I just purchased a 1948 pier-and-beam in Austin. The pest control guy came to deal with rats, and asked me to locate my vent stacks. We seem to have one for the washing machine, but none is visible for either the bathroom sink or the kitchen sink.

Is this normal? Should I be looking for a vent stack terminating in the attic, perhaps under the ceiling insulation? There's definitely an unpleasant smell in the house from time to time.

Both the bathroom and the kitchen are original (though the bathroom has been updated).

It may also be worth noting that there's a guesthouse, which I believe utilizes a sump pump to deal with its sewage. The guesthouse has its own stack pipe.


Most homes will merge the vent pipes as they go up the walls so that you only have one vent exiting the roof. All vents need to slope upwards, so the guest house couldn't run the vent underground to use the vent stack in your home.

That said, if you notice that drain lines are gurgling after the water goes down (indicating suction) or are slow to drain but have no clogs (indicating it's trying to overcome the air pressure in the lines) then there may be a blockage in the vent or it may not be properly installed.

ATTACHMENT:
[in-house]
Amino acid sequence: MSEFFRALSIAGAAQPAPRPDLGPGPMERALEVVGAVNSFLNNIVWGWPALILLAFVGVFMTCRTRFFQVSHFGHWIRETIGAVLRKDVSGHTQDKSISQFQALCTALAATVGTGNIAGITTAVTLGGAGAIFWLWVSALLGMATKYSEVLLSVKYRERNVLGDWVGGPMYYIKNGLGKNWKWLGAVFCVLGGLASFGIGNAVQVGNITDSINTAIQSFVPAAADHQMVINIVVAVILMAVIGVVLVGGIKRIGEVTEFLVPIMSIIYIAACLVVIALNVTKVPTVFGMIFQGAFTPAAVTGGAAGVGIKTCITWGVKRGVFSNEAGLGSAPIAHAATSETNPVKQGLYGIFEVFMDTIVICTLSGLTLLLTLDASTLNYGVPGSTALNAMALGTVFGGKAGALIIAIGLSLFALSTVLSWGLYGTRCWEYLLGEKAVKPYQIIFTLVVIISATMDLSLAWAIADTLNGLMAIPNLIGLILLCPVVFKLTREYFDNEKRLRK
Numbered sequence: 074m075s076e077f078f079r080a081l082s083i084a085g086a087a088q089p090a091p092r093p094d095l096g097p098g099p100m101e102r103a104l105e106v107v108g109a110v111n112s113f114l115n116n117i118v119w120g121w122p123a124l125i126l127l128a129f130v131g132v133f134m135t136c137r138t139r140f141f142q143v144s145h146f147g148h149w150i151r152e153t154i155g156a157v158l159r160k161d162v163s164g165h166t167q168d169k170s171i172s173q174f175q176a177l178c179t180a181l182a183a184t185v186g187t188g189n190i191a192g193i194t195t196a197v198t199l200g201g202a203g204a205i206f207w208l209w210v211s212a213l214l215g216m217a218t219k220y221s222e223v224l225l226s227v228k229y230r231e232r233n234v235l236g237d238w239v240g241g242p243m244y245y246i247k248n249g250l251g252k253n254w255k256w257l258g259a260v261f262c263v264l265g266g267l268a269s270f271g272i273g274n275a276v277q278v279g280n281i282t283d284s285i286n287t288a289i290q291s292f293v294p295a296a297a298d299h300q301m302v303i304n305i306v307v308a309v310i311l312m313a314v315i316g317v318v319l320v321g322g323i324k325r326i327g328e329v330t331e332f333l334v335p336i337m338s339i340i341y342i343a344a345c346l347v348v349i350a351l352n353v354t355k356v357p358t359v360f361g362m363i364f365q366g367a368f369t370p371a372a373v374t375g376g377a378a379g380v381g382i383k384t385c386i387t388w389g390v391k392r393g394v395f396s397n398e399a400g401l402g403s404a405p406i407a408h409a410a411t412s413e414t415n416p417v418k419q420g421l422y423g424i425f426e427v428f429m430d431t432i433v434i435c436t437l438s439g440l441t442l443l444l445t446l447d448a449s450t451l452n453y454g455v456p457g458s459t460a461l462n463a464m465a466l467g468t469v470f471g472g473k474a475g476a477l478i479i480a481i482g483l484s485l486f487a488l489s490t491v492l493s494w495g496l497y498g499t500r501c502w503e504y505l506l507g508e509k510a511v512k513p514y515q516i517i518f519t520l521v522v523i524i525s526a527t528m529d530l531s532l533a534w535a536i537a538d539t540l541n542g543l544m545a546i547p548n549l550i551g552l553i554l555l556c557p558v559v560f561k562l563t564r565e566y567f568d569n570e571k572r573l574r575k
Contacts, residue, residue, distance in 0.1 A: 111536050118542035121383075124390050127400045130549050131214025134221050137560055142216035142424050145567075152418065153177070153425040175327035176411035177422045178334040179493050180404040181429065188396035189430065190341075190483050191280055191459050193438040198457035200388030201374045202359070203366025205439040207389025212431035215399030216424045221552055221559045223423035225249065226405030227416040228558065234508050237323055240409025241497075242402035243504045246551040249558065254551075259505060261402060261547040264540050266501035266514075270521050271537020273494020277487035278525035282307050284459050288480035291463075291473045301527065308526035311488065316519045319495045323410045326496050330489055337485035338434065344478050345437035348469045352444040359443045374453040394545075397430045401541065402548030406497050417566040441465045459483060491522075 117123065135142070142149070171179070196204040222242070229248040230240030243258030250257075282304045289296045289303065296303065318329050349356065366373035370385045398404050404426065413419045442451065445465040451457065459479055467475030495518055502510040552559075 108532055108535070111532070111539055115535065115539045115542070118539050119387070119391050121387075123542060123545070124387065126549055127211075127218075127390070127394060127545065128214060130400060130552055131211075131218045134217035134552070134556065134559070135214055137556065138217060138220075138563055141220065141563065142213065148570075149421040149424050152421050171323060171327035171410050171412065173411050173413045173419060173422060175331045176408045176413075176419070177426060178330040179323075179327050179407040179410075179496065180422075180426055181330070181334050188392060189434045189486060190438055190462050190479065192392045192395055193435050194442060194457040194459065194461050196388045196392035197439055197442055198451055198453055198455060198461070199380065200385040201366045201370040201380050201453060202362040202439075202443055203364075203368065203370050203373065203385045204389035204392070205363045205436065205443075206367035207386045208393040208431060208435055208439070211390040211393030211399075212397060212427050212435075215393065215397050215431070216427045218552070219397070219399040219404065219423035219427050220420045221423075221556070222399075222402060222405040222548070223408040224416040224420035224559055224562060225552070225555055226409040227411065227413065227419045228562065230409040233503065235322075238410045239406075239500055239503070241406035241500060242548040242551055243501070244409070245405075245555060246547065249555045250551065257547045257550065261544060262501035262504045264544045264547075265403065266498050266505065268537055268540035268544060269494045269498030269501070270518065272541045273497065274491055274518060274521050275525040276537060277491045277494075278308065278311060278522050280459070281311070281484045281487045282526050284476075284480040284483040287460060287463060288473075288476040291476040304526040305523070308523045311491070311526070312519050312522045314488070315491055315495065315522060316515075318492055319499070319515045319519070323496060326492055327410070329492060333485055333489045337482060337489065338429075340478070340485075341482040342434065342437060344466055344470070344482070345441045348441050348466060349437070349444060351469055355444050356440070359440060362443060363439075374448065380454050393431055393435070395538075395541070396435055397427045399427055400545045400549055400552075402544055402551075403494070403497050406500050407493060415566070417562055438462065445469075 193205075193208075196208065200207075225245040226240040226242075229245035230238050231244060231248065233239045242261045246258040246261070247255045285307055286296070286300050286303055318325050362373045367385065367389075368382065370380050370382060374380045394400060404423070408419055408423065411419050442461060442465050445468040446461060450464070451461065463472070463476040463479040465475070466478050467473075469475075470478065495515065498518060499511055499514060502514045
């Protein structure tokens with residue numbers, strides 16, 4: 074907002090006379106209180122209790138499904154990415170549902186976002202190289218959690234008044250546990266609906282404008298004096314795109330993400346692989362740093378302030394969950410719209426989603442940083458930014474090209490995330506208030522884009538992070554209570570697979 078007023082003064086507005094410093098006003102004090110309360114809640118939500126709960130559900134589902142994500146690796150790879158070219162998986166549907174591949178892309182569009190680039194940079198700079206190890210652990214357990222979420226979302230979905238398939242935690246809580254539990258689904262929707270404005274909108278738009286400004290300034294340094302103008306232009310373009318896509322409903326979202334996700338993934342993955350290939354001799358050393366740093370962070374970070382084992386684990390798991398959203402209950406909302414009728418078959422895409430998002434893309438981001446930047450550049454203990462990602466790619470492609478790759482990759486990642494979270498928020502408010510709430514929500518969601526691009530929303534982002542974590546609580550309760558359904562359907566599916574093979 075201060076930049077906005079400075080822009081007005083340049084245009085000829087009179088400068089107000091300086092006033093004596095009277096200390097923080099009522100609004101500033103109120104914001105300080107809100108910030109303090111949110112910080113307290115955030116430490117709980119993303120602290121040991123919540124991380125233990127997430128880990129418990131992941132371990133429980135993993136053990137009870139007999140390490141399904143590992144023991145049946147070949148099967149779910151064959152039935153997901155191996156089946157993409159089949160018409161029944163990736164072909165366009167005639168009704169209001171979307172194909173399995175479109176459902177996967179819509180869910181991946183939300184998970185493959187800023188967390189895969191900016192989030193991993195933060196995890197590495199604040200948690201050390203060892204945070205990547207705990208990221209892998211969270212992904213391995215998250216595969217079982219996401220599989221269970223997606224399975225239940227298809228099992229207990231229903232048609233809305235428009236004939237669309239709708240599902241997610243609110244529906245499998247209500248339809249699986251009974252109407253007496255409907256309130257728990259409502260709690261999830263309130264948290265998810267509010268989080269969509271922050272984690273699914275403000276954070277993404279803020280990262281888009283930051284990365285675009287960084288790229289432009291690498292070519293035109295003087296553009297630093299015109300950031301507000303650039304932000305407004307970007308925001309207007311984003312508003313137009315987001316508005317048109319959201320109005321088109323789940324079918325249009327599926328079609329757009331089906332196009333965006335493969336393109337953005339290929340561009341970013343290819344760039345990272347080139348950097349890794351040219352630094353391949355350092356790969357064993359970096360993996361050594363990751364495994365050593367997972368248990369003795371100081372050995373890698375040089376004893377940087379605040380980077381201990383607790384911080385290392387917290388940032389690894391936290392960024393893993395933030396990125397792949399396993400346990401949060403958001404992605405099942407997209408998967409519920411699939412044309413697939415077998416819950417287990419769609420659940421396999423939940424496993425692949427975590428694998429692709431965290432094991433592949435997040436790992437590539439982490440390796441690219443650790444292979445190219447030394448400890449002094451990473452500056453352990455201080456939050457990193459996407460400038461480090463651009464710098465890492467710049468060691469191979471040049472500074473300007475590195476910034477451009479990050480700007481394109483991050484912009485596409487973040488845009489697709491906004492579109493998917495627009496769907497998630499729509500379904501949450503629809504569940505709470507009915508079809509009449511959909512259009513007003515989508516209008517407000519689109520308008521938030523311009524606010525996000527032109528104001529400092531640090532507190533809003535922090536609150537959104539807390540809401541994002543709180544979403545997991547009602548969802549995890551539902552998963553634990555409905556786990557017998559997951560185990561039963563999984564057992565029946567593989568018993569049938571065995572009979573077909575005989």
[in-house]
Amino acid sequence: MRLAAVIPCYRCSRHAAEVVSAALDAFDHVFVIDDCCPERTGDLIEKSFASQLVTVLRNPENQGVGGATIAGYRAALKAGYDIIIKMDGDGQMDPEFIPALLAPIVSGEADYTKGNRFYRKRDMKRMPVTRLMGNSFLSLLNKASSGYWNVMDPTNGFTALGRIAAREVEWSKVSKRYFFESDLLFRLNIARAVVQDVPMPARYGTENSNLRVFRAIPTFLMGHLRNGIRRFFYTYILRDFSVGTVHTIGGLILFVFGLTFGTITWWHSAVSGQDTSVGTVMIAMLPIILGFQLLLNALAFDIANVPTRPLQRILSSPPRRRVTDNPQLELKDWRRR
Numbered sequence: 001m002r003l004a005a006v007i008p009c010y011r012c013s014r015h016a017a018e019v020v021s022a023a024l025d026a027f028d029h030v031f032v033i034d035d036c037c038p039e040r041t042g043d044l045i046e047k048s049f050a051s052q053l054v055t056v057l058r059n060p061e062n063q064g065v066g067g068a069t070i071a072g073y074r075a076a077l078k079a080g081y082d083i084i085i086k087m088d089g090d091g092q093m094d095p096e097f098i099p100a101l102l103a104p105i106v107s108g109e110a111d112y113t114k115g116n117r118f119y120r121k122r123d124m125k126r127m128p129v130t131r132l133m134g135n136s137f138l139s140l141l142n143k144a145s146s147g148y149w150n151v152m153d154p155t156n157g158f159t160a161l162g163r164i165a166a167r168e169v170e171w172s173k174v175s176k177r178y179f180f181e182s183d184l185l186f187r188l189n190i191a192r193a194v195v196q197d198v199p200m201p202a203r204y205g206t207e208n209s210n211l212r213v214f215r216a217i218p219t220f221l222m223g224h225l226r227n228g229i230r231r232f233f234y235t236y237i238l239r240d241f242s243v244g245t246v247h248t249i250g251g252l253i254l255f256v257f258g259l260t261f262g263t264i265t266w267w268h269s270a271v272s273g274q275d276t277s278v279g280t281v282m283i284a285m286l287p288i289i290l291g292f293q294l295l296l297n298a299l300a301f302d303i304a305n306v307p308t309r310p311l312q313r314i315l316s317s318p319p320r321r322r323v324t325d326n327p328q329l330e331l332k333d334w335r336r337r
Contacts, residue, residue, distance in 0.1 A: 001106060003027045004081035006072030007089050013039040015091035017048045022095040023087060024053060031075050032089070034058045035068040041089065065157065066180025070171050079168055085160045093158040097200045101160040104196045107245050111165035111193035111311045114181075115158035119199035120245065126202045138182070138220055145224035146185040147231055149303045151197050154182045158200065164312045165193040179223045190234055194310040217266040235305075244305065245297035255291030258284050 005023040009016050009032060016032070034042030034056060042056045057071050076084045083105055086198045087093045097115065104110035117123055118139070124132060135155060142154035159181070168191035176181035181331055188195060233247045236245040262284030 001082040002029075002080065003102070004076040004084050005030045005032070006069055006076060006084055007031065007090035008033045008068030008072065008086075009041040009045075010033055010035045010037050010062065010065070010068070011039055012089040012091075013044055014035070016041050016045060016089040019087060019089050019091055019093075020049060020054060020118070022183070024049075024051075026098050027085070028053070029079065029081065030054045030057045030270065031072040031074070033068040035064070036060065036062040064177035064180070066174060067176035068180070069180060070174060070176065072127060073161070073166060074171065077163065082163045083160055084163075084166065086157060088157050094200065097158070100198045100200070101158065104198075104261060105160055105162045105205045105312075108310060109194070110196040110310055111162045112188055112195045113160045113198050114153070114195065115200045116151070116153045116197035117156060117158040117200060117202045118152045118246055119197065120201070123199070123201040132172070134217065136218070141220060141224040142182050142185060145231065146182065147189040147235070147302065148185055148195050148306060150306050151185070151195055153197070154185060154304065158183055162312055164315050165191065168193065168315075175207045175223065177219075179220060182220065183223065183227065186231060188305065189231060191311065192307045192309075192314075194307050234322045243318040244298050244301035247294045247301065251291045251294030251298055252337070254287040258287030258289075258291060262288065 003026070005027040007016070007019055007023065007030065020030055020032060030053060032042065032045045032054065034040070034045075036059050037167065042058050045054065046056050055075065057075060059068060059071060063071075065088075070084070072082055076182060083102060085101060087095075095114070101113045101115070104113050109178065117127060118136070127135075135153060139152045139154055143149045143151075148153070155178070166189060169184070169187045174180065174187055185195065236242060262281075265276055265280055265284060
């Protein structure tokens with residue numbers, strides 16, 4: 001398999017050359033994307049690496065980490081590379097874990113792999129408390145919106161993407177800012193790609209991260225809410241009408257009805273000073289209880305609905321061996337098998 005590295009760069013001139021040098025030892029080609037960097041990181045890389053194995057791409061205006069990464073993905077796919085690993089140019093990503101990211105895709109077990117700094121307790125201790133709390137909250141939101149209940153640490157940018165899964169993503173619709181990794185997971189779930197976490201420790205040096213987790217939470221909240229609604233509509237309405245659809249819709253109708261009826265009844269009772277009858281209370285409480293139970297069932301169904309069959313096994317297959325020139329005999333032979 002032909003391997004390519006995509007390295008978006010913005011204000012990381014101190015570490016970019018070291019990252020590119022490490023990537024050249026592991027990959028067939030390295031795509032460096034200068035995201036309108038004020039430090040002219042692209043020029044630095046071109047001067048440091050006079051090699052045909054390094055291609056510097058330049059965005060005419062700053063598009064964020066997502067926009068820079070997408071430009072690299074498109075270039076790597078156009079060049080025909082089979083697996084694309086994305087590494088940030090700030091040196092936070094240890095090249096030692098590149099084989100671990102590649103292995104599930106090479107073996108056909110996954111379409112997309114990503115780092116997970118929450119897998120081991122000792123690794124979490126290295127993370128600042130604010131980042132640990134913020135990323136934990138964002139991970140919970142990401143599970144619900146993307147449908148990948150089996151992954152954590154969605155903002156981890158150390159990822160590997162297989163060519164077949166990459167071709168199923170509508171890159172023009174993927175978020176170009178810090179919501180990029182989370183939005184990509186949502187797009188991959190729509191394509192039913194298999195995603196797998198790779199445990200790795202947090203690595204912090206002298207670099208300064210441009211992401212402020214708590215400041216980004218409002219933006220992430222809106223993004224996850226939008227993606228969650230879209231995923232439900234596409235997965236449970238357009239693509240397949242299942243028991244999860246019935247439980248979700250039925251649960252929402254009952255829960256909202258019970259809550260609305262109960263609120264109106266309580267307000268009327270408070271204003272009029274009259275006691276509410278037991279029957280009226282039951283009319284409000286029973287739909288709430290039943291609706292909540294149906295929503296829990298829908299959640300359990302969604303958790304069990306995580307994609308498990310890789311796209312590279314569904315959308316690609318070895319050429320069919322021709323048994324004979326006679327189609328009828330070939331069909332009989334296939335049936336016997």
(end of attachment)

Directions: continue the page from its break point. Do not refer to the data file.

Note that for some situations, you can also have an air admittance valve to provide a one way vent (fresh air can get sucked in, but sewer gases cannot escape), which allows you to vent plumbing in a kitchen island or other location that cannot go up and out the roof.

For the odd smell, it's difficult to diagnose over the internet, but it could be a dry trap, a failed wax seal under the toilet, or a dead animal in an exhaust vent or inside a wall.

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  • Could this be the former location of a stack pipe? There's a faint line running up the wall, and it's about three feet from the kitchen sink. imgur.com/MLWqe – Juno Woods Aug 1 '12 at 18:51
  • @mohawkjohn I'd be concerned if it's leaving visible marks on the wall. – BMitch Aug 1 '12 at 19:08
  • The faint line would be from where the previous owner didn't use the right color of paint. (Did you look at the picture?) – Juno Woods Aug 1 '12 at 23:12
  • @mohawkjohn I did look, but from here it's really hard to tell. But typically, you have to look through an opening in the wall to know where the vent lines are, or look at the building plans. It's not something you should be able to see until it gets to the attic. – BMitch Aug 2 '12 at 1:02
  • It turned out that roofers apparently cut off one of the vents in the wall just beneath the attic floor. It took forever to find and we had to tear out a closet wall to fix it. The kitchen sink has no vent at all, so dirty water backs up into the dishwasher a lot. Running the disposal helps. – Juno Woods May 20 '13 at 21:48

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